'This Month In' is a new blog running on The Court Theatre's website. Each month we'll be opening up the archives and stepping back in time to look at a play that was in production this month ten, fifteen, twenty or even forty years ago. 'This Month In' allows you to relive The Court Theatre's past work, hearing the stories and shows that have made the theatre what it is today.

This month we're stepping back to 1993 to revisit a restoration comedy featuring several familiar faces, The School for Scandal.

The School for Scandal, written by Richard Brinsley Sheridan, made its original debut back in 1777, but its classic wit, comedy and visual opulence has ensured its survival well into the 21st Century.

Sheridan’s first play to be performed at The Court was the very first script he wrote, romantic comedy The Rivals. Directed in 1980 by the then Artistic Director, Elric Hooper, the play was followed by its sibling, The School for Scandal, thirteen years later, with Hooper again programming and directing the play. 

The School for Scandal’s 1993 Programme Cover

The School for Scandal’s 1993 Programme Cover

A comedy of manners, Hooper described The School for Scandal in its show programme as a play about “sex and money and the relationship between them.”

The story follows a group of meddling English Aristocrats as the gossip shared between them causes heartache, hilarity and a great deal of scandal.   

Performed in The Court’s old Arts Centre home, Hooper filled the play with a large cast of familiar faces, including three current Court Associates. Geoffrey Heath, most recently seen in Easy Money; Yvonne Martin, last on stage in Steel Magnolias and Eilish Moran, who finished up her role as Annie in In the Next Room, or the vibrator play earlier this month, all shared the stage and still regularly perform at The Court. 

The cast of The School for Scandal featured in the show programme

The cast of The School for Scandal featured in the show programme

Other notable cast members included Erik Thomson (now known for his Aussie accents in television shows Packed to the Rafters and 800 Words); David McPhail, famous at the time for his satirical comedy show McPhail and Gadsby that he created with Jon Gadsby and Geoffrey Wearing, who is remembered fondly at The Court as a memorable member of the Company.   

Erik Thomson and Eilish Moran in The School for Scandal

Erik Thomson and Eilish Moran in The School for Scandal

Wearing, an English actor who moved to New Zealand in his retirement quickly got back to work after settling in Christchurch, appearing in his first play at The Court in 1983.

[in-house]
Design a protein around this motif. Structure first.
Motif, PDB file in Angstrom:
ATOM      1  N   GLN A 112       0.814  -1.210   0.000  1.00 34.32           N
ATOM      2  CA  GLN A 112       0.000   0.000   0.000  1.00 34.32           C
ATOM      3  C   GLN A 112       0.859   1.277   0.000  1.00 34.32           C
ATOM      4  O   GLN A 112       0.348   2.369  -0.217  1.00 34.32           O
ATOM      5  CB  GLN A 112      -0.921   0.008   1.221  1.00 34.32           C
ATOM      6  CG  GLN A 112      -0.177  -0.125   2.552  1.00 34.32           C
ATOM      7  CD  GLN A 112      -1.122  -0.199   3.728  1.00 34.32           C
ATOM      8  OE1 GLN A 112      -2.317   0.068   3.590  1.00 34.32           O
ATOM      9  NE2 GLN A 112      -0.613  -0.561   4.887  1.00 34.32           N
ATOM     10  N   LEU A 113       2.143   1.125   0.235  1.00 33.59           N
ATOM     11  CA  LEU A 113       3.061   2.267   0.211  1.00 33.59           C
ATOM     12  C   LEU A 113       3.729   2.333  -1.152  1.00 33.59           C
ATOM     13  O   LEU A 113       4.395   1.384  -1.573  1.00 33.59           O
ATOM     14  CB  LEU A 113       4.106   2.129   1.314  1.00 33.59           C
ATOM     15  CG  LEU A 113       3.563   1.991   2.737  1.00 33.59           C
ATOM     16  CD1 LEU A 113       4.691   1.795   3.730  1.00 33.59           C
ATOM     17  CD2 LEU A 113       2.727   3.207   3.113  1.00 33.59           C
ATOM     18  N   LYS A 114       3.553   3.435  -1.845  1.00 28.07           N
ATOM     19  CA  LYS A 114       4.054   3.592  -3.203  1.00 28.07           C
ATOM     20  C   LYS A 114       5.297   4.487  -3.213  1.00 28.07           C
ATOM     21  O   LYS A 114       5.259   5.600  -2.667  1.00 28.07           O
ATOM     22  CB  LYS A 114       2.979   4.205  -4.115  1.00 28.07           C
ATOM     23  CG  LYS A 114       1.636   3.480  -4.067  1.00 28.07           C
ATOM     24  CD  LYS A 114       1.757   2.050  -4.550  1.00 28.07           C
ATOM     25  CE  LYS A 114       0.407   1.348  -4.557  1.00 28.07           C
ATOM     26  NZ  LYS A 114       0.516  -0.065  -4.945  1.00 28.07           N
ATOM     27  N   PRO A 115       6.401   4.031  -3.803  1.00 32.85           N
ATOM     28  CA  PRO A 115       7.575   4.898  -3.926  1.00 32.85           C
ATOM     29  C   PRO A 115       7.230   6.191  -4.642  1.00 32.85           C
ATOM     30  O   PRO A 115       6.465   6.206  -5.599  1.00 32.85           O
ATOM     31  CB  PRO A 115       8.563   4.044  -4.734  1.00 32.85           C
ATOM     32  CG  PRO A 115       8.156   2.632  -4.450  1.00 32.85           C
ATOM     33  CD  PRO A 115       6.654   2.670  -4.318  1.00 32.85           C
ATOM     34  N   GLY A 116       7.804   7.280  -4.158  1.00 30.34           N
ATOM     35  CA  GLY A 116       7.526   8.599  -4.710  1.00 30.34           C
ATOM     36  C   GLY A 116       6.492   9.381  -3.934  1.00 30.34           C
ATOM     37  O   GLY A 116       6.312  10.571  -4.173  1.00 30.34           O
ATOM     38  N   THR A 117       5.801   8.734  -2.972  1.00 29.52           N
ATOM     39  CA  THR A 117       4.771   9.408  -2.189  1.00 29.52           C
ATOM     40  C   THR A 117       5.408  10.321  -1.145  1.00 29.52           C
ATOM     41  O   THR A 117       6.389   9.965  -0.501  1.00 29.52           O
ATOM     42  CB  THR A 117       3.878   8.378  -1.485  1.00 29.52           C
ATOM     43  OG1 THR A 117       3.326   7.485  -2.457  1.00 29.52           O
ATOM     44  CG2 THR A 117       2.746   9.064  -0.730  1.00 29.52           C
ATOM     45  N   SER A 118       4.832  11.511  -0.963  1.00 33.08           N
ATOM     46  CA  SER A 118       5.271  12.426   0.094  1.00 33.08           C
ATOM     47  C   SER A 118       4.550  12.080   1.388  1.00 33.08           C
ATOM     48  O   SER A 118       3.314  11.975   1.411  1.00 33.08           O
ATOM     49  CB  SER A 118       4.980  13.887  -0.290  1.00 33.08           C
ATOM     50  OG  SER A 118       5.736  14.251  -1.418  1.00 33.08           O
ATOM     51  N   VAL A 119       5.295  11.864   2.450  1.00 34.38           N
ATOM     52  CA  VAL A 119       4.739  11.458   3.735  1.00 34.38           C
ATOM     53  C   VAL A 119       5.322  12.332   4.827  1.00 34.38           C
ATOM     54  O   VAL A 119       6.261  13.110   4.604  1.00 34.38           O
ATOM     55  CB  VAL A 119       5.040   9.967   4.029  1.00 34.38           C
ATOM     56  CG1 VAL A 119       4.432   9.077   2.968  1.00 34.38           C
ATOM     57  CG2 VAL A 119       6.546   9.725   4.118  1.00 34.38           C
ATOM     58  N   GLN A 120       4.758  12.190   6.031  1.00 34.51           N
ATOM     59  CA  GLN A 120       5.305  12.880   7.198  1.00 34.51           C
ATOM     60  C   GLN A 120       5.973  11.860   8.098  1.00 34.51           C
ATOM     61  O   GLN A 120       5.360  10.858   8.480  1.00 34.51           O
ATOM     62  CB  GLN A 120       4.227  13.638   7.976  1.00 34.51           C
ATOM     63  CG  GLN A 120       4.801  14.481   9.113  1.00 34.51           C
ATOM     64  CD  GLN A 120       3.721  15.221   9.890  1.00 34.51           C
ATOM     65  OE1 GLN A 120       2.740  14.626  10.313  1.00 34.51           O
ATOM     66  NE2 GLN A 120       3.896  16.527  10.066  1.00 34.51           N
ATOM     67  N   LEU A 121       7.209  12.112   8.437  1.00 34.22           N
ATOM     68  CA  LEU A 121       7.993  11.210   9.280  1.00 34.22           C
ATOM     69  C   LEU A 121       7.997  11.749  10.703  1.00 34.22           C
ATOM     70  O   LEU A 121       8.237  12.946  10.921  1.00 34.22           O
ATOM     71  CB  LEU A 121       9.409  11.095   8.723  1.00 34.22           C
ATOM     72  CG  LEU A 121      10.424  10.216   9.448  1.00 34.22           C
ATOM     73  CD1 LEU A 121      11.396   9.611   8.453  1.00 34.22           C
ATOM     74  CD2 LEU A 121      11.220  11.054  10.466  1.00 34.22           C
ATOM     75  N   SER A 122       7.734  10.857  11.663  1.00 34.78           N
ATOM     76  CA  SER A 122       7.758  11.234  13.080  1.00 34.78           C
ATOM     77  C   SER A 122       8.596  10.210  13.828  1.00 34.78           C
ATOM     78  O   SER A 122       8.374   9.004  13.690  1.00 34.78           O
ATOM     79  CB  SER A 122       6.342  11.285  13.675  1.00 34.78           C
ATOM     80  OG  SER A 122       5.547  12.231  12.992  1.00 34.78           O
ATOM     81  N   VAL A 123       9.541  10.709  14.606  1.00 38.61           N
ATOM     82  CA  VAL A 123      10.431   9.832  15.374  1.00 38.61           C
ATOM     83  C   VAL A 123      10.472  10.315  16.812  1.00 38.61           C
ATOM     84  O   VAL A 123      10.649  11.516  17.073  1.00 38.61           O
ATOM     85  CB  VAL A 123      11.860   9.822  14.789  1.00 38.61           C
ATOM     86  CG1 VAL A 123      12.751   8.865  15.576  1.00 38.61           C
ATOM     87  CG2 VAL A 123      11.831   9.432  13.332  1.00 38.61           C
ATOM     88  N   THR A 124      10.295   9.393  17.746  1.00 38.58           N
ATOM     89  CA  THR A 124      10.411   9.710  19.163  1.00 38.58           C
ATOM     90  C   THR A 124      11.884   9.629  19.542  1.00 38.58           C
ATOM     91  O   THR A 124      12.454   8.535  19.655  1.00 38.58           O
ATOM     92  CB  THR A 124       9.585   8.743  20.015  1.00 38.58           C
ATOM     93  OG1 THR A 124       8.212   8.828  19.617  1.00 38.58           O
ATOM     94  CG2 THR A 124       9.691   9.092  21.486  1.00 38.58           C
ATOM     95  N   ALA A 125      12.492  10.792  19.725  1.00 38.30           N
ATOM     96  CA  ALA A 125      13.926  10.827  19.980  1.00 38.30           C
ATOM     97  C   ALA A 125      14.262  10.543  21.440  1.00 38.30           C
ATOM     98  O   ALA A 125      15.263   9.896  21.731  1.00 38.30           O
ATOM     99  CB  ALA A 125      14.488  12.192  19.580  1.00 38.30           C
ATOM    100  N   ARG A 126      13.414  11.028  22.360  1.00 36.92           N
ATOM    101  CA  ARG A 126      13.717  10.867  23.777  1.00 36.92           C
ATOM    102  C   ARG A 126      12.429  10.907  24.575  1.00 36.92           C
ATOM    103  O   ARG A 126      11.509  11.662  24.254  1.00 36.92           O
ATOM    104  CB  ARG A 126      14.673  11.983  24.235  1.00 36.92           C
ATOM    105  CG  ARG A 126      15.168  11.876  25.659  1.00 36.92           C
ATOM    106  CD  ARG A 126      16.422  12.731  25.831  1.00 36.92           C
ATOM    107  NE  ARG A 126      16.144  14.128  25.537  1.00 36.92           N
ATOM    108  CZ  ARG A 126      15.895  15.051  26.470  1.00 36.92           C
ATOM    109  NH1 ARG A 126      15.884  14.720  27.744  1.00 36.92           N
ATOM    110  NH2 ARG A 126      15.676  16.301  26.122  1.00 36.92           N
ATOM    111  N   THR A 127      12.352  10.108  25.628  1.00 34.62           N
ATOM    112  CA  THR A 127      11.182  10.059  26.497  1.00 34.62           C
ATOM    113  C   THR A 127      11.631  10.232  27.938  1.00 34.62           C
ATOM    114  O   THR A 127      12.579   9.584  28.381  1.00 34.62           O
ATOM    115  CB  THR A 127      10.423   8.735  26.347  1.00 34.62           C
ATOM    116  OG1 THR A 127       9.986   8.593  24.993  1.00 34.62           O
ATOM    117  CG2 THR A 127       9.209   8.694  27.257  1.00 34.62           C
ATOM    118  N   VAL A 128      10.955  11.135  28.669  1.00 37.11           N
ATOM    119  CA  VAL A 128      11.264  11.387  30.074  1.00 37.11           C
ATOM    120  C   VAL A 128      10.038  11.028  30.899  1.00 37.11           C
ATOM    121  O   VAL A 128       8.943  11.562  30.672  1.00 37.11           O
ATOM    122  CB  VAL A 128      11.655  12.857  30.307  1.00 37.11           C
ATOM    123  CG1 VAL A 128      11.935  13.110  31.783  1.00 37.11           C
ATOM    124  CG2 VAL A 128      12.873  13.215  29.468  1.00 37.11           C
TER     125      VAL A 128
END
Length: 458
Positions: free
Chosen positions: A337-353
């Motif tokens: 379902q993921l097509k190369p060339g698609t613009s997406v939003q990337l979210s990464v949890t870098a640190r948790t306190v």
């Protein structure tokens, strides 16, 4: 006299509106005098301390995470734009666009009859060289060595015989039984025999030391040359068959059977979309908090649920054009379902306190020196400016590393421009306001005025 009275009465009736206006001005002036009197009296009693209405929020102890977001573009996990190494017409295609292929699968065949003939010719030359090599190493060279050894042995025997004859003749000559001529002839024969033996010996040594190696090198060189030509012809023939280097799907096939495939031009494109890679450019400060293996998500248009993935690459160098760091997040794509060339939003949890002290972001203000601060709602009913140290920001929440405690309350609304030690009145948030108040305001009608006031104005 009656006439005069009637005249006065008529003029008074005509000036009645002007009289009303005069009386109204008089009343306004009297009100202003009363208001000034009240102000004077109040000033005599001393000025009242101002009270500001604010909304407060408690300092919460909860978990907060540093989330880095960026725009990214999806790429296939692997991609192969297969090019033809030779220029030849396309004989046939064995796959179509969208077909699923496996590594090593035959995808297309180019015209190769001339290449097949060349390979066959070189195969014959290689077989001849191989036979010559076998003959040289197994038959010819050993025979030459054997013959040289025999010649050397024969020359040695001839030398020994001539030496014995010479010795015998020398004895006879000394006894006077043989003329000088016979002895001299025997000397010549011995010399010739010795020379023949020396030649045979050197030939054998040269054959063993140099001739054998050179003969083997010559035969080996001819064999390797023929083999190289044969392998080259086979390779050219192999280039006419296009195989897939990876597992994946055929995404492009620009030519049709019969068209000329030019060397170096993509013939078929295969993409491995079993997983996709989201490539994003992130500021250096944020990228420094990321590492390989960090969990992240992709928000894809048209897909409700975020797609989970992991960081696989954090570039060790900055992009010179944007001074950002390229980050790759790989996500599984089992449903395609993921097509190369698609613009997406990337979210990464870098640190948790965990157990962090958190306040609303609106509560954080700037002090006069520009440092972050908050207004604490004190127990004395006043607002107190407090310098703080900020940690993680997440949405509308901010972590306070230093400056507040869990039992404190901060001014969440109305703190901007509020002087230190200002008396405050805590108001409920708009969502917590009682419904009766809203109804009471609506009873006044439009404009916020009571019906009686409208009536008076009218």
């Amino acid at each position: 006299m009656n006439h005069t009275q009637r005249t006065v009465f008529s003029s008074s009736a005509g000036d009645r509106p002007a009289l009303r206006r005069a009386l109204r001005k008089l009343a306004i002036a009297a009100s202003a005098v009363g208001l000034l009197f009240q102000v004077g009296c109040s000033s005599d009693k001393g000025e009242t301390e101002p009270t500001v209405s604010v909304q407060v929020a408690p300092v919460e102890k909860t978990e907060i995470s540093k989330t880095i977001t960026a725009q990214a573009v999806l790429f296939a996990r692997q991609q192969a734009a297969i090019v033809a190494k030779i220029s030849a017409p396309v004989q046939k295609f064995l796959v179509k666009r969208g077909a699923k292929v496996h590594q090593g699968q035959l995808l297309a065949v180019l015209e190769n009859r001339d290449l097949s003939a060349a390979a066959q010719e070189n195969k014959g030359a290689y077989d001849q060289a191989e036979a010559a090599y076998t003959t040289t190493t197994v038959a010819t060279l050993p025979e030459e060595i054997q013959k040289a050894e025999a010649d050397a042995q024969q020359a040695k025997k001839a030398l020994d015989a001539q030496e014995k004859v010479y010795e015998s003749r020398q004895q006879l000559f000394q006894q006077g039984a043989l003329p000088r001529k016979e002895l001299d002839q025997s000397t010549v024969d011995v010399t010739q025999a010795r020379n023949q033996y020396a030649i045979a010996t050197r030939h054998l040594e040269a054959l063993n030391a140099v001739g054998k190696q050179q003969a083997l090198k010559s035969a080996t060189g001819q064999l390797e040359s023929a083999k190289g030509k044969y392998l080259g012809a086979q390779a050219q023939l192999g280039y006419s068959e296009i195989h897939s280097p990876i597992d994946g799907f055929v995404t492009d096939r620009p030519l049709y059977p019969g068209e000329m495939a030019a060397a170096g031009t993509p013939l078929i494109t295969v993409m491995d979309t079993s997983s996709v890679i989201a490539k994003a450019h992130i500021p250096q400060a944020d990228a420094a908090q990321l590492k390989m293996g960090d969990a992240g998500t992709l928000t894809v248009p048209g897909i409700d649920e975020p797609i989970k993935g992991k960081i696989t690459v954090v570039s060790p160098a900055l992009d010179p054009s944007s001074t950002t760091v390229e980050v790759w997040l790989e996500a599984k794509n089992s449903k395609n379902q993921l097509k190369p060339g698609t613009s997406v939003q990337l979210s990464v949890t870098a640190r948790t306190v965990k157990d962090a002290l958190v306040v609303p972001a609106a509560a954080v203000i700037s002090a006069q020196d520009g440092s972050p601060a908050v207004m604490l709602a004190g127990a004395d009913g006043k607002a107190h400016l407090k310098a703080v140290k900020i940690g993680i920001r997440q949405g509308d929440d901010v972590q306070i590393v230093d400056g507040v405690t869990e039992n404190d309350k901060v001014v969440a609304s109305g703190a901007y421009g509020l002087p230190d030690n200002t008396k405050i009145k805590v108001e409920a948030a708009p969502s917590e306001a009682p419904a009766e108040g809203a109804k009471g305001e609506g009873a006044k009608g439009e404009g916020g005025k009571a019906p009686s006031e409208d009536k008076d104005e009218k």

The Court’s Current Artistic Director, Ross Gumbley, worked with Wearing as a young actor and remembers him as quite a character.

“Geoffrey was an extraordinary man. He was in the navy during the Second World War and highly decorated. He was a wonderful old actor who lied to Elric when he came here that he was 64 – but he was actually 74 and that’s when he started at The Court.”

Wearing’s co-star in The School for Scandal, David McPhail, told Gumbley a story about Wearing from the opening night of the play that is still being told today. 

“On the opening night of The School for Scandal, Geoffrey was in a scene with David McPhail and Glen Drake and started on this rather long speech that he had. Two lines in, McPhail and Drake realise they don’t recognise the lines... They’ve been rehearsing for five weeks and they don’t recognise what he’s saying! But he keeps going and it sounds like the period… And he comes off and says, ‘I’m dreadfully sorry, but I drifted into a speech from Sheridan’s other play, The Rivals’. And that was typical of Geoffrey. He could bring the house down with his dry wit.”  

Derek Hargreaves, the current secretary of The Court Theatre Trust, also remembers the play – and Wearing.

“He was fantastic – I think he finished up acting when he was in his eighties. He sadly had to stop when he couldn’t remember his lines anymore.”

Wearing died in 2003 at the age of 94, but made quite a name for himself at The Court in plays like The School for Scandal – and many others.